In 1990, the SAC was created by the merger of three agricultural colleges in Scotland—those at Ayr, Aberdeen and Edinburgh. The staff, students and public in Ayrshire and in Dumfries and Galloway contend that there was a clear commitment at that time to maintain and indeed to expand the teaching and research presence at Auchincruive. Any proposal that goes against that is a clear betrayal of trust.

I accept that the SAC board has a duty to ensure that the college does not continue to run at a loss, but I challenge the options that it has been considering and the basis on which they have been arrived at. The Deloitte and Touche report of 20 February 2003 was mischievously described by Dr. Maitland Mackie, whom my hon. Friend the Member for Ayr knows, as the Finnie report, because it was called for by the Minister for Environment and Rural Development.

That report comes to the wrong conclusion. Its analysis is based on a faulty remit and subjective weightings, with no justification whatsoever.

The remit was drawn up and the options were assessed by the executive management team. That team, under Professor Bill McKelvey's leadership, favours centralisation of the operation in Edinburgh. Therefore, the assumptions that it has made inevitably favour the Edinburgh option. The conclusions fly in the face of logic and of fact. To suggest that it is cheaper to centralise all operations in Edinburgh—where we know that costs are substantially higher, the economy is overheated, transport is congested and housing is scarce and expensive —is manifest nonsense. To attempt to recruit a further 1,100 full-time student equivalents to King's Buildings in Edinburgh, where, at present, only 115 have chosen to study, is pure fantasy. That policy, which would transfer staff from Ayrshire and Aberdeen to Edinburgh, runs contrary to the Scottish Executive's policy of dispersal from Edinburgh to other parts of Scotland. That is quite apart from the nonsense of having an agricultural college in the middle of a city.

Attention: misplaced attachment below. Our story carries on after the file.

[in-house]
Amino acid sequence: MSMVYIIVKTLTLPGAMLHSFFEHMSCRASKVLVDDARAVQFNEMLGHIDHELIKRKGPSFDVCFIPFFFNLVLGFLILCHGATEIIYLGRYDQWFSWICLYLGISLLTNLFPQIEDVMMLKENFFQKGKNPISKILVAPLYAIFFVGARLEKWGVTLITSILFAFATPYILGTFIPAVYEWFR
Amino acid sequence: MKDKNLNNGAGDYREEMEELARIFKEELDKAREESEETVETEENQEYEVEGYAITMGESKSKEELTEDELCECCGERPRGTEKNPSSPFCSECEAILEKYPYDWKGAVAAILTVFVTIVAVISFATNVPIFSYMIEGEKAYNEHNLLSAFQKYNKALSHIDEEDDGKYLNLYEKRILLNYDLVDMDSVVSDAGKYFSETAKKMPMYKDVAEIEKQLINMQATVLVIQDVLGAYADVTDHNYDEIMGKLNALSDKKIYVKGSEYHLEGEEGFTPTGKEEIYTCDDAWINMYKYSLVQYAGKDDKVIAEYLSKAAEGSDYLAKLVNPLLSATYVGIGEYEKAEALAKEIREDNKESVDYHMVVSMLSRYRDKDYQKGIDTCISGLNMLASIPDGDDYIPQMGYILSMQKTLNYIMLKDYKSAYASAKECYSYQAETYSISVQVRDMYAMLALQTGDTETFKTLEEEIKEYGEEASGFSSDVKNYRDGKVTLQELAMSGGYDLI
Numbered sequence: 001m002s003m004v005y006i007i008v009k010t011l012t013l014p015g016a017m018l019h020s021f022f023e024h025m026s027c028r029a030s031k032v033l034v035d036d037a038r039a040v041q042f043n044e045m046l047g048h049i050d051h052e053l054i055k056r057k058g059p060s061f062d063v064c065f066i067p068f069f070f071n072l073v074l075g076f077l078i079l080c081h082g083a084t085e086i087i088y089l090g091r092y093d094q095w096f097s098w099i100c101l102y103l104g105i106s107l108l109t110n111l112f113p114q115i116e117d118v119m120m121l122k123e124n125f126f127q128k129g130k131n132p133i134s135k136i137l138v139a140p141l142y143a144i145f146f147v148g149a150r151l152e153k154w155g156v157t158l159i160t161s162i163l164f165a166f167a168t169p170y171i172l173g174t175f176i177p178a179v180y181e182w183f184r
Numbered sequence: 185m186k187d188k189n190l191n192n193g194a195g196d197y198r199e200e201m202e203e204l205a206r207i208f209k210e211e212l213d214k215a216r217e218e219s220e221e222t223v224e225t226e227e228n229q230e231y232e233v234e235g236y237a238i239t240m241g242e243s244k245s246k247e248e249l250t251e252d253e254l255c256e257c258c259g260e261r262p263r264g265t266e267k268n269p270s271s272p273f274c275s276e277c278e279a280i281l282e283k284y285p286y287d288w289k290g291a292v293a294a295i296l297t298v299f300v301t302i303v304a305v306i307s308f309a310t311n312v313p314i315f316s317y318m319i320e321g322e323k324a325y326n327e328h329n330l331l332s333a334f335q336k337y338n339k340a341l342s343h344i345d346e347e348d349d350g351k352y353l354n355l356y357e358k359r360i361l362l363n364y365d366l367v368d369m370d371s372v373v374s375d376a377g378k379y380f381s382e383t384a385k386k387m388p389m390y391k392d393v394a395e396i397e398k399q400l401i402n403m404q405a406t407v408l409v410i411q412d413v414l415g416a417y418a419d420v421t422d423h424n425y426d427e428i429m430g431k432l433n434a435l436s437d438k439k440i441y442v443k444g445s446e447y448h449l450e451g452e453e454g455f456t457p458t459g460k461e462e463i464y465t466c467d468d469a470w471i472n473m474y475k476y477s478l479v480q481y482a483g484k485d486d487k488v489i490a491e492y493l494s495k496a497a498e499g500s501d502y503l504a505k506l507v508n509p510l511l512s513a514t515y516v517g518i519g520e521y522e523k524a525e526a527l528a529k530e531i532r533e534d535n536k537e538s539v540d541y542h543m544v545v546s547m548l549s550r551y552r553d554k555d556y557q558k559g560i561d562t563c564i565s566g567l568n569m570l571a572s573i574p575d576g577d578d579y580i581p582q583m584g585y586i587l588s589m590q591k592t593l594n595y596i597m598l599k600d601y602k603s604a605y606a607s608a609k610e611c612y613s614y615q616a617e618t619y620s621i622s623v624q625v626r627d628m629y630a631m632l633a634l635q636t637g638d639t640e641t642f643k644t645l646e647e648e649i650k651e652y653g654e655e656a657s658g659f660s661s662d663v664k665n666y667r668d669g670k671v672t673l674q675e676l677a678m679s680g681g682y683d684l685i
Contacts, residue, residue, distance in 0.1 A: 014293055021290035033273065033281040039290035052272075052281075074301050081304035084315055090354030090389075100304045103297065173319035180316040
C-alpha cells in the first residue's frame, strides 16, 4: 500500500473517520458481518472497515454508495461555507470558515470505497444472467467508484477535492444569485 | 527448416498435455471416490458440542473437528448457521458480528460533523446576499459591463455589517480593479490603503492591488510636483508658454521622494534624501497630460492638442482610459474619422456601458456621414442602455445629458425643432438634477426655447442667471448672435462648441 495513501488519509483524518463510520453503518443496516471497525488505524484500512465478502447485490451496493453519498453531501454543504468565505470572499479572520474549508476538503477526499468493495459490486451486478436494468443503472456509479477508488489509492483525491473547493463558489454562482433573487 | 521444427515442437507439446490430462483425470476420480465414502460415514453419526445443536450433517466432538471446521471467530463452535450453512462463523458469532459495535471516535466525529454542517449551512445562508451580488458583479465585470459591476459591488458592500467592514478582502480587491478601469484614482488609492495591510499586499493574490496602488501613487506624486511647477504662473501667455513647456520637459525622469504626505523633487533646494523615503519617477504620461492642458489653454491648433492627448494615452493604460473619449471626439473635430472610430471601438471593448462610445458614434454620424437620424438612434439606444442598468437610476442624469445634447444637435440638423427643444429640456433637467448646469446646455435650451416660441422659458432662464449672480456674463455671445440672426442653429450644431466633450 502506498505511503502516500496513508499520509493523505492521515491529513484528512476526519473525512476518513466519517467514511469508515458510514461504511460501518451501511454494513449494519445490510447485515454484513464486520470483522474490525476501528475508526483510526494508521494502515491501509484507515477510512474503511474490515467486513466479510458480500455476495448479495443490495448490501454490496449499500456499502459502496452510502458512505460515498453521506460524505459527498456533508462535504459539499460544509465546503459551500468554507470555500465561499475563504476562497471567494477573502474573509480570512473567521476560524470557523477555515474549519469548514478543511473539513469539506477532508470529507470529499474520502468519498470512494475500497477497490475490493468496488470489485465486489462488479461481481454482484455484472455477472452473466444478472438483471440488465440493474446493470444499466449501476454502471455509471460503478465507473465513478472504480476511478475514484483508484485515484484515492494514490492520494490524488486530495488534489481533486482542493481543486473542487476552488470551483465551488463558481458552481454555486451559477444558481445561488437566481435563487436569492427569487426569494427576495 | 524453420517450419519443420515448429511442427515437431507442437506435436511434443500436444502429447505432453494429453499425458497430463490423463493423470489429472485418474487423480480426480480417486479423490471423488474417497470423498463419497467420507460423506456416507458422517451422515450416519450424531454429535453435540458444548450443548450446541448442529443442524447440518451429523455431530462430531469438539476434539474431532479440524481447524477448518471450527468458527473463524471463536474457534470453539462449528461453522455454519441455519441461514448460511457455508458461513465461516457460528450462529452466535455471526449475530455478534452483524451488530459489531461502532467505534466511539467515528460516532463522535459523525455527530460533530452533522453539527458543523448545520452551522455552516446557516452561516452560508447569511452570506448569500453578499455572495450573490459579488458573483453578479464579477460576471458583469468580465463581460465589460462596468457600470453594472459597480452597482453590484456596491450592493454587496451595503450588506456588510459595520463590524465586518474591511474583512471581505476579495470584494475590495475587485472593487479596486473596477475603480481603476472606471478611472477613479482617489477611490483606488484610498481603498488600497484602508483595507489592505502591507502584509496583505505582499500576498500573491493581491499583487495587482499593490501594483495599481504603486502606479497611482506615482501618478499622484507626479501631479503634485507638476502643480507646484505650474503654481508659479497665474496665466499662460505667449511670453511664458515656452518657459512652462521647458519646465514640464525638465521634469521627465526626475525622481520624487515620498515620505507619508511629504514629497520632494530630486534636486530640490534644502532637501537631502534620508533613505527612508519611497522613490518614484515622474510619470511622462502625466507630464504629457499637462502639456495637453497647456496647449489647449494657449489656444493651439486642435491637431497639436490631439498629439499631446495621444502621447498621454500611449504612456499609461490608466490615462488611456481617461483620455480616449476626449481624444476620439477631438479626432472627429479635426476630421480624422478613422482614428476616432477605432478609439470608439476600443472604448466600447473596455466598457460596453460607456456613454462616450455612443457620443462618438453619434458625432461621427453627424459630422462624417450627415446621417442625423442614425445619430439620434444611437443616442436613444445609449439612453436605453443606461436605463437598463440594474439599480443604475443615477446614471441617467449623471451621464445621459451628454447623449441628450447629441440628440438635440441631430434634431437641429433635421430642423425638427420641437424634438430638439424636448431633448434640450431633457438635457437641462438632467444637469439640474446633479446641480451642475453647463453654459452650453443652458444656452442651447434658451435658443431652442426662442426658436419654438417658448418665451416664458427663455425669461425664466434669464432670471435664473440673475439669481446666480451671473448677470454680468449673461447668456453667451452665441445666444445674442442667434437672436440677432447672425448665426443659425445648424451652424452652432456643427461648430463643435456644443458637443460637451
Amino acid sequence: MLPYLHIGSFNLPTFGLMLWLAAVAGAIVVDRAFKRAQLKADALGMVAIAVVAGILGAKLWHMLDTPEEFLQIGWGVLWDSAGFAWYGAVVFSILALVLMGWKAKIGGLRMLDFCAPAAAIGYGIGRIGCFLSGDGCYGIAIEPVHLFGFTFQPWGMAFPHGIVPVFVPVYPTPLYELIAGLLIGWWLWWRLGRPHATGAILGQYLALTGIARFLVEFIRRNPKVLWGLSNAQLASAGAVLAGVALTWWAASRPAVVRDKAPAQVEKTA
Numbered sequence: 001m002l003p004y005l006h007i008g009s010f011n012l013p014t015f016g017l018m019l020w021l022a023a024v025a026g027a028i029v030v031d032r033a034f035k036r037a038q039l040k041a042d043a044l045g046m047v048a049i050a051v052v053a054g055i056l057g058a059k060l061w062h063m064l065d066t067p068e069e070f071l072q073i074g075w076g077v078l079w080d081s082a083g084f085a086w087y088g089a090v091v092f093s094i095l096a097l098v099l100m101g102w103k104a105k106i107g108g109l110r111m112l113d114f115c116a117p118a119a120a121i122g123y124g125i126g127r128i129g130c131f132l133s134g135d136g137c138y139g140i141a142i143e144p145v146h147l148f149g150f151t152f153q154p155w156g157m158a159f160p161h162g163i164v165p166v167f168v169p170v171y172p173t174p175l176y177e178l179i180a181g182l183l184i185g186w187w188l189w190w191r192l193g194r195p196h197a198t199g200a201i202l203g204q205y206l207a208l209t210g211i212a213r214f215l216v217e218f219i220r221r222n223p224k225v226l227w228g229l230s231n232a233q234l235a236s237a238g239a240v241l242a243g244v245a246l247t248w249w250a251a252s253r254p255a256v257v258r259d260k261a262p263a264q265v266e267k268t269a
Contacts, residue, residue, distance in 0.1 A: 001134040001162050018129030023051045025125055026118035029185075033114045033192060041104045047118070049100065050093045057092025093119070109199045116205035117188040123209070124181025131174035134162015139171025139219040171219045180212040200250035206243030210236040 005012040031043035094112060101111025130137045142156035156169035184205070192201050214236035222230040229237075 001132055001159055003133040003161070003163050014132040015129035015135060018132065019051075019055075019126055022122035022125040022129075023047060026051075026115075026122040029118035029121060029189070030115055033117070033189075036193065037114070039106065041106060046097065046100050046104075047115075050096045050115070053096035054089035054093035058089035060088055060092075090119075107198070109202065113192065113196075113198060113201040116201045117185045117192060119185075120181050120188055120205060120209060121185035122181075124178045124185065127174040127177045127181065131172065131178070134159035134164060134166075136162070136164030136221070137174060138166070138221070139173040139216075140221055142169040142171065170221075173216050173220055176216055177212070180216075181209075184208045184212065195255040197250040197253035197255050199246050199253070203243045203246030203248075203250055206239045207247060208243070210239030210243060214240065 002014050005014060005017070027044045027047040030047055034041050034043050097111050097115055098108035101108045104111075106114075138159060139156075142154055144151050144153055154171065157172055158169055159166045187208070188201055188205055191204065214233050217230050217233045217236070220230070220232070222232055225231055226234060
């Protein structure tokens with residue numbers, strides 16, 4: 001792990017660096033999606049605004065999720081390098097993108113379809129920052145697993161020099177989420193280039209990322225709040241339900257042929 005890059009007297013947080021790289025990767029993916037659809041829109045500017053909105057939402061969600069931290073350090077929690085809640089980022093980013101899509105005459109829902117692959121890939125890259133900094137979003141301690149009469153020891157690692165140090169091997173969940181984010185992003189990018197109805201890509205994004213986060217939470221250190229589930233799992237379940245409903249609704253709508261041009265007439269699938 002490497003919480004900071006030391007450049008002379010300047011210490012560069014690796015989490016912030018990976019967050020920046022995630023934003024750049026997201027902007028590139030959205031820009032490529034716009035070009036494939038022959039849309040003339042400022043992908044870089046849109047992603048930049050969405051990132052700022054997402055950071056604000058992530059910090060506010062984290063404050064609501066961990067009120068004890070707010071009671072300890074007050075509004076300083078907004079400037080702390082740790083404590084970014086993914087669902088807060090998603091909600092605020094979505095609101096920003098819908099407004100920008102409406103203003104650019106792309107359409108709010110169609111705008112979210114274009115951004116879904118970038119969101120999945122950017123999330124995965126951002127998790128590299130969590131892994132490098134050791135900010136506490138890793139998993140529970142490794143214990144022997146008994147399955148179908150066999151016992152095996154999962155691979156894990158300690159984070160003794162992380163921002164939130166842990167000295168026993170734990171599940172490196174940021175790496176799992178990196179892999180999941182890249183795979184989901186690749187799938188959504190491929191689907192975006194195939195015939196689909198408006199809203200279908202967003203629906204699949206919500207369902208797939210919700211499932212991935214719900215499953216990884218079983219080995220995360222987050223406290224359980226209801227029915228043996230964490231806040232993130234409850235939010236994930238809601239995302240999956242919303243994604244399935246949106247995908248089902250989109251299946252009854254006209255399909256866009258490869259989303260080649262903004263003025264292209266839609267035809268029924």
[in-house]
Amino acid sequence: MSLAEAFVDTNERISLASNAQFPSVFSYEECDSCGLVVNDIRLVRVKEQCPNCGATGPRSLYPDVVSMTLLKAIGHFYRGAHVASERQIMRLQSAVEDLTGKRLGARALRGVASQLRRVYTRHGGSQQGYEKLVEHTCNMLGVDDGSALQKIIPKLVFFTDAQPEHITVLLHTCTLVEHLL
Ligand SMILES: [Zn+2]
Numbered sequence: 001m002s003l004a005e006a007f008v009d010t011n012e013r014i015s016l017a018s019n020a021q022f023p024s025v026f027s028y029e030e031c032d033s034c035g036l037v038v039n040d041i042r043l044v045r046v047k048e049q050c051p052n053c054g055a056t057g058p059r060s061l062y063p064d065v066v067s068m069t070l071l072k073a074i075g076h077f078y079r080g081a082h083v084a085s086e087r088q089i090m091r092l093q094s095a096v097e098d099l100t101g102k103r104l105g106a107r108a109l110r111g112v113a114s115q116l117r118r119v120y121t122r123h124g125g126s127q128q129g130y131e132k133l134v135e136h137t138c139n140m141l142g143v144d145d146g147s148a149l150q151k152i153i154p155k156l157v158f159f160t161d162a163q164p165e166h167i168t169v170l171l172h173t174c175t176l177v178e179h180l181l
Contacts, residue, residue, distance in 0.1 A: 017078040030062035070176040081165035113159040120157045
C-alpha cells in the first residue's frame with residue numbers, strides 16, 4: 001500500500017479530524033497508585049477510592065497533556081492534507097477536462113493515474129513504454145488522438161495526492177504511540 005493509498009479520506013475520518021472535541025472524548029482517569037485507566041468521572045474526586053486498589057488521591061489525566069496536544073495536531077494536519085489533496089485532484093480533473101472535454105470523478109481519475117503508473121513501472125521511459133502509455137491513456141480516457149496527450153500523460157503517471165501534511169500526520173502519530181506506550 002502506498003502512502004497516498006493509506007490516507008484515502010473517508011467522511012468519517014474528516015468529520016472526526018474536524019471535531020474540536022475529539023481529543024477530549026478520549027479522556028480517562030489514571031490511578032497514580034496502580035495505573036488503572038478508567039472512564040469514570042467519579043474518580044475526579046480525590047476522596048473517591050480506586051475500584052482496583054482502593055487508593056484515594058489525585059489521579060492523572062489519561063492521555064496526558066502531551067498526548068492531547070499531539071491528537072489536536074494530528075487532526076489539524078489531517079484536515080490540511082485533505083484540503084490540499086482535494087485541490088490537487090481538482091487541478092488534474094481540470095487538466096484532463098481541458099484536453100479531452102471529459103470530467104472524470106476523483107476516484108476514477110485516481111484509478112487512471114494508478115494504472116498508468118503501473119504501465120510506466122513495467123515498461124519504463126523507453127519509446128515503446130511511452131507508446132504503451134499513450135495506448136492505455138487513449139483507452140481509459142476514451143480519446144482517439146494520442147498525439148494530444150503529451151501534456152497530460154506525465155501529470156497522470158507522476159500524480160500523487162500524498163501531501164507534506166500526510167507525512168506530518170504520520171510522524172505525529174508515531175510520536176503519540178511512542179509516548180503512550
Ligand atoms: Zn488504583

Staff and students at Auchincruive are against the plan, as was evident at the meeting that I convened in Ayr at the end of March, which was attended by my hon. Friend the Member for Ayr. At that meeting, MPs and MSPs from all parties, including my MSP, Cathy Jamieson, who is a Minister in the Scottish Executive, expressed strong opposition to the proposal. The National Farmers Union in Ayrshire issued a press release saying that it opposes plans for the closure of the Scottish Agricultural college; all the local NFU leaders are quoted.

I have also had letters, e-mails and phone calls from constituents opposing the plan. Indeed, I have had more communications on the subject than 1 had on the war in Iraq, so strong is the feeling in Ayrshire. A member of staff writes to me:
"The last few years have been very difficult with the mind set of the new management regime pro Edinburgh centralisation and clearly uncaring about operations in the south west of Scotland."
Things have indeed been difficult for staff. I know of staff who have felt pressurised and threatened by the attitude of the management team.

In a memorandum to me, the member of staff points out that over half of the second year HND agriculture students at Auchincruive are from Dumfries and Galloway. I am sure that the hon. Member for Galloway and Upper Nithsdale will have something to say about that. My correspondent also says that it is not uncommon for local Ayrshire students to do the milking and to feed the stock before starting college in the morning. Both those things would be impossible if the college were centralised in Edinburgh. He adds that Edinburgh now has the highest housing costs in Scotland and the Scottish Agricultural college has no hall of residence facilities to offer students.

As a representative of an urban constituency, I am at a loss to understand some of my right hon. Friend's arguments. However, what I cannot figure out is how students are ever going to get practical experience of milking cows, herding sheep, or delivering lambs in a city such as Edinburgh. The best method of learning such things is to do them. How will that be achieved in Edinburgh?